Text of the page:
What I Learned From 30 Days Without TV

My 30 day challenge for August was to avoid watching any television or movies, and I finished about a week ago.  This challenge was tough, primarily since my girlfriend Stephanie (who I live with) was not under the same restriction.  As a result I ended up catching a few minutes of TV and movies here and there, but I did manage to avoid watching a complete show or movie for the entire month.  Also as a clarification, I exempted things like TED talks, screencasts, and other educational videos from this challenge.  The focus was really to avoid "junk food" entertainment that doesn't provide any lasting value.


Two things surprised me about this challenge.  The first was how hard it was to go completely cold turkey.  In addition to the temptation at home, many of the bars and restaurants I went to in August (obviously) had TVs.  I also spent some time in airports, where TVs are never far away.  If you truly wanted to avoid even looking at a TV for a month it would be nearly impossible.  This is something we take for granted, but I was amazed at how hard it was to go even a single day without seeing something being broadcast.  On the flip side, the other surprise was how easy it was to avoid spending any significant amount of time doing it.  There were certainly a few instances where I wanted to sit down and watch a movie, but I was able to resist and (typically) spent my time on more productive work.

So What Did I Do?

I managed to get through a backlog of magazines that had been sitting on my dresser for months, and I finished three books that I was partway through at the start of the month.  I also made some good progress on a couple of side projects, caught up on RSS feeds, and felt a little more in control of my life overall.  As Clayton Christensen says, "it's easier to hold to your principles 100 percent of the time than it is to hold to them 98 percent of the time", and that was certainly true for me with this challenge.  If I had simply tried to watch fewer movies, or spend a little less time in front of the TV, it would not have been nearly as effective.  By having a firm rule I was able to able to avoid situations where it would have been easy to make an exception, like a rainy night at home with Steph, or an evening watching the game with friends.  I just foisted all of the blame for my strange behavior on "the challenge" and moved on to more high value activities.  This had the side benefit of making my interactions with people more meaningful - in situations where we might have had the TV on in the background we instead focused our full attention on each other.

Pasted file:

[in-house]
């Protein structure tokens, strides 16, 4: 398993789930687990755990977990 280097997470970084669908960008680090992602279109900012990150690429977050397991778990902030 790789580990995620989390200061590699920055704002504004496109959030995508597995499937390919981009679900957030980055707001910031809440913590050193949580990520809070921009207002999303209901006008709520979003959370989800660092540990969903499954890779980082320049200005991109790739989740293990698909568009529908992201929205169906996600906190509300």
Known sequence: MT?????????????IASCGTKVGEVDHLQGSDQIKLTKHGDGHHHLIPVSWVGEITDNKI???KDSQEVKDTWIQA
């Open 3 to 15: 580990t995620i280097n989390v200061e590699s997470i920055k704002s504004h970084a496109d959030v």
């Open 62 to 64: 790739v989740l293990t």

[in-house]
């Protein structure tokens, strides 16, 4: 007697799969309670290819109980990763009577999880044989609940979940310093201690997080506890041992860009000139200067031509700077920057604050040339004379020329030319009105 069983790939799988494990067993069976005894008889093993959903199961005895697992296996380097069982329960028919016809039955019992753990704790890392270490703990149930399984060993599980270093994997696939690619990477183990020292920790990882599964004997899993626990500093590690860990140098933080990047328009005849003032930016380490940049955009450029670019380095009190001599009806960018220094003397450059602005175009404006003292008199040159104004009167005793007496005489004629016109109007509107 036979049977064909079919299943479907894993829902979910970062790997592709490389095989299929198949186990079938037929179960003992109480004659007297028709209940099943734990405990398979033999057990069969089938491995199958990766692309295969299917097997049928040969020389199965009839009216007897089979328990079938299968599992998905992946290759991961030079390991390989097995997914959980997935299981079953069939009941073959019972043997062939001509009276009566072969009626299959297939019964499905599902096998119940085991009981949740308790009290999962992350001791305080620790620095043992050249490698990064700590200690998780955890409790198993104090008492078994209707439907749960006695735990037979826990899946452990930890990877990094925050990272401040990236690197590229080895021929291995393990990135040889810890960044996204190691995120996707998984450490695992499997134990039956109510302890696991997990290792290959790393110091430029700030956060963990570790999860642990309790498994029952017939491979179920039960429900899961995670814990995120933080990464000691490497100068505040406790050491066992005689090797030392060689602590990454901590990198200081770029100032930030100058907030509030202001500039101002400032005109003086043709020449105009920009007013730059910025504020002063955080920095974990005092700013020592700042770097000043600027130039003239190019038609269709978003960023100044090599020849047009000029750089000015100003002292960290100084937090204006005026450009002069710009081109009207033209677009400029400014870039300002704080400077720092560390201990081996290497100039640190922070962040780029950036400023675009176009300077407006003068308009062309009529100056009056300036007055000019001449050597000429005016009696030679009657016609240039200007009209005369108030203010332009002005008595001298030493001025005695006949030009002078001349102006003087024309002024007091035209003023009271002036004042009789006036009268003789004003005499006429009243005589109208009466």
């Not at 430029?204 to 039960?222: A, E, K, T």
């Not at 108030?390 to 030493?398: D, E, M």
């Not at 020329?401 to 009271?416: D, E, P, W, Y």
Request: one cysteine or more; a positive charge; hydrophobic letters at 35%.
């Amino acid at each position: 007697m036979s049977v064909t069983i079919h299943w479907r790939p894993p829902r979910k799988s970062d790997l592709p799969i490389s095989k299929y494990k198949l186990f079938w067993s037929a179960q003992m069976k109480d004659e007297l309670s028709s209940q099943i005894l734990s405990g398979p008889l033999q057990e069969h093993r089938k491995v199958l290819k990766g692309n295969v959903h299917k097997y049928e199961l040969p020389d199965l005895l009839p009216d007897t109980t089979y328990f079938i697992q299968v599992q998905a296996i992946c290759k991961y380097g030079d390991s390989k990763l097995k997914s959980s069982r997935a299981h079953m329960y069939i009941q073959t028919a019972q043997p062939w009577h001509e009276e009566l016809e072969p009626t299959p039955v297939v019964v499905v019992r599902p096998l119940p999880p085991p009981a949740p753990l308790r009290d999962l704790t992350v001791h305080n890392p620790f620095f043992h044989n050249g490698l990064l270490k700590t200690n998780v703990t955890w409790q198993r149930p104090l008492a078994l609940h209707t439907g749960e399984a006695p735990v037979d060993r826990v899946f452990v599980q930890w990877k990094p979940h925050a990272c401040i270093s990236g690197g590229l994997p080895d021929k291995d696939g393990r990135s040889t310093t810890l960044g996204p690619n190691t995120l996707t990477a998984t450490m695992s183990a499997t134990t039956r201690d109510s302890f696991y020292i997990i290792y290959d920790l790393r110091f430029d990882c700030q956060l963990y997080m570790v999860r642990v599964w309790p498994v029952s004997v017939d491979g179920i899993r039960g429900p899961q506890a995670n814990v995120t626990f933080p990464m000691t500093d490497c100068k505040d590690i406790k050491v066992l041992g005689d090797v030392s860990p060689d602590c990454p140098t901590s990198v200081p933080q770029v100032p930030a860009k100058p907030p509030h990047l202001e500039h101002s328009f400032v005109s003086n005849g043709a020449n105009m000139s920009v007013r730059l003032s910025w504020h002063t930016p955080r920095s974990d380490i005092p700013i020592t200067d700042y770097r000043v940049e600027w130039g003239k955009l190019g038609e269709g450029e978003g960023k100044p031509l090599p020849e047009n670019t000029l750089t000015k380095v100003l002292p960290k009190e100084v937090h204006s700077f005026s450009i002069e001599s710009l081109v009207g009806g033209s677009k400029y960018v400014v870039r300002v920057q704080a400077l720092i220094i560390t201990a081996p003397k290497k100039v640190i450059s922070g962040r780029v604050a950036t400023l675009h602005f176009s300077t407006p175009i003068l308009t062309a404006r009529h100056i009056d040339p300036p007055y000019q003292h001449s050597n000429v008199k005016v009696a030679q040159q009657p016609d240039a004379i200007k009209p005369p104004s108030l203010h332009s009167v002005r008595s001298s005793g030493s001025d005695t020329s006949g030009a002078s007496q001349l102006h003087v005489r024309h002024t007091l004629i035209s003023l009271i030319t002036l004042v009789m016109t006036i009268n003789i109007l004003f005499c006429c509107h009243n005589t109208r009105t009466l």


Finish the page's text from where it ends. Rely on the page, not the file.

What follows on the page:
Going Forward

After spending a month without TV or movies, I really got out of the habit of turning towards them as a source of relaxation.  I was forced to find alternate ways to unwind, and that has carried over into the first week or so of September.  Aside from a Labor Day binge on season 2 of The Wire, I've pretty much continued the habits that I developed in August - reading more, coding more, and having more 1-on-1 interactions with friends.  It feels great, and I plan on keeping this up as much as I can.  My loose goal for the rest of the year is to avoid watching any TV or movies alone.  I totally acknowledge that they can be social events, but when I am by myself there are always better things that I can be doing.  To be clear, I don't just mean better from a productivity point of view, I mean activities that I personally get more enjoyment out of.  For me it's all about finding the "Maximum Fun Quotient", and deliberately spending my time doing things that make me happy and enrich the lives of my friends and family.  This challenge helped me realize that movies and TV are not a critical part of that goal.


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